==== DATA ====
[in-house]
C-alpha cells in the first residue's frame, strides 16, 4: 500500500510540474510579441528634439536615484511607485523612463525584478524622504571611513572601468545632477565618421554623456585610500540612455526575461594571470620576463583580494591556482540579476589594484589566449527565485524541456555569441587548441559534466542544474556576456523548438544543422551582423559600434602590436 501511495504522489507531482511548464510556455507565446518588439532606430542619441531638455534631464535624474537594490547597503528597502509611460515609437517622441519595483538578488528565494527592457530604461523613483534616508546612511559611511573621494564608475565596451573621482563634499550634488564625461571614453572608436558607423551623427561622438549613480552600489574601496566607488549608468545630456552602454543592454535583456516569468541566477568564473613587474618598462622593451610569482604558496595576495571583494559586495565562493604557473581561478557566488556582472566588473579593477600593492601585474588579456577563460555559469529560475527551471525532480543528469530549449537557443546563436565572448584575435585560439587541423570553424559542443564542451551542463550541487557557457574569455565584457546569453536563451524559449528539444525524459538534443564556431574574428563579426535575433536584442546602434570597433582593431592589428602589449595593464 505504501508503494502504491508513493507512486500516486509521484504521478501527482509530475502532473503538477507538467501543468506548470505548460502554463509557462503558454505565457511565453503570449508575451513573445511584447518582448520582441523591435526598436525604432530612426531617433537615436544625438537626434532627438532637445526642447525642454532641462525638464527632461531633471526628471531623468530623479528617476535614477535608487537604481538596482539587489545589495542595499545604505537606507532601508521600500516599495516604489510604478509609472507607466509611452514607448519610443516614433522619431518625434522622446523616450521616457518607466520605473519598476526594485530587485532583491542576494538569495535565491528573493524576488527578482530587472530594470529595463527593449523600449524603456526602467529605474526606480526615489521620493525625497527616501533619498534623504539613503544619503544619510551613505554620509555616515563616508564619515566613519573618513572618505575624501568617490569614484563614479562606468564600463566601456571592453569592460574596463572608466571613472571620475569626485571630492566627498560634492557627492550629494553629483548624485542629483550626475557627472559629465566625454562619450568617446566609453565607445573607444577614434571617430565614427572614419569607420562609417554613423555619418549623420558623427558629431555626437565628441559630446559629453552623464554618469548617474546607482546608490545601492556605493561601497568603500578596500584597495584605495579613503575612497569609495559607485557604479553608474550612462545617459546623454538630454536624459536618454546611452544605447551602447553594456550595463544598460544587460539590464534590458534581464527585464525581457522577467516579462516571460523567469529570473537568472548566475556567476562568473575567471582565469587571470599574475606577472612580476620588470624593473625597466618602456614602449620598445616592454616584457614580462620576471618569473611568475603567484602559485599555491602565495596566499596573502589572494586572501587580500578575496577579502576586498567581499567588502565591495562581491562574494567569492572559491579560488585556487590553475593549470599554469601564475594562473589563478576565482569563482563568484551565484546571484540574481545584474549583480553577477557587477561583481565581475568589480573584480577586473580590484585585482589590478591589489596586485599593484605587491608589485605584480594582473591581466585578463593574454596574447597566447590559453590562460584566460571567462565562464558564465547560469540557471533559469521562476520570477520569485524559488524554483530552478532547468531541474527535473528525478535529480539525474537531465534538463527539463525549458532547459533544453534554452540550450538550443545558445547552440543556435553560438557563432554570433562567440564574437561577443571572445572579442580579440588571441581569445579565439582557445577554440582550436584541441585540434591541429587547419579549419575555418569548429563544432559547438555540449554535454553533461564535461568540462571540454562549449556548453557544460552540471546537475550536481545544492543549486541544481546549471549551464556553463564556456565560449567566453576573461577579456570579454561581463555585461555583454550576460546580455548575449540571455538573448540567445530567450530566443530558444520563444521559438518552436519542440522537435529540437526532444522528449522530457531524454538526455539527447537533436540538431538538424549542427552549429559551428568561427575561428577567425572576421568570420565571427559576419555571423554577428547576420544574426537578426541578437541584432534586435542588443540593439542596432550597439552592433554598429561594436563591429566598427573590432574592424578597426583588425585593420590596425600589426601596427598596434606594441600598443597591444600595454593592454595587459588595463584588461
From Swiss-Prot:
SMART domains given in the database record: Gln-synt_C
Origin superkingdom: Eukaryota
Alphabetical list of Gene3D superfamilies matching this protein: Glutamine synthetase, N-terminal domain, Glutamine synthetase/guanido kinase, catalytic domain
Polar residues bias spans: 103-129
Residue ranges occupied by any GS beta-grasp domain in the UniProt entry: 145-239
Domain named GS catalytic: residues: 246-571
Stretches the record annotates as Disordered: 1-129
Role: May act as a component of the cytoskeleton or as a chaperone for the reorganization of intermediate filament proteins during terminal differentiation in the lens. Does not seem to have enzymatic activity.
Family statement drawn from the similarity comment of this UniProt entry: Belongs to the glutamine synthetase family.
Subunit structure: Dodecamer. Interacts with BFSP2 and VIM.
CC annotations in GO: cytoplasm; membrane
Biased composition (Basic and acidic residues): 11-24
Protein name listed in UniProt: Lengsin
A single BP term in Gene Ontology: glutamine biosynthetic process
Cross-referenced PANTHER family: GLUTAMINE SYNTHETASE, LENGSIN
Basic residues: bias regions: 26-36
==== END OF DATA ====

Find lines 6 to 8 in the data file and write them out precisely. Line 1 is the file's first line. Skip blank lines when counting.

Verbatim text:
Alphabetical list of Gene3D superfamilies matching this protein: Glutamine synthetase, N-terminal domain, Glutamine synthetase/guanido kinase, catalytic domain
Polar residues bias spans: 103-129
Residue ranges occupied by any GS beta-grasp domain in the UniProt entry: 145-239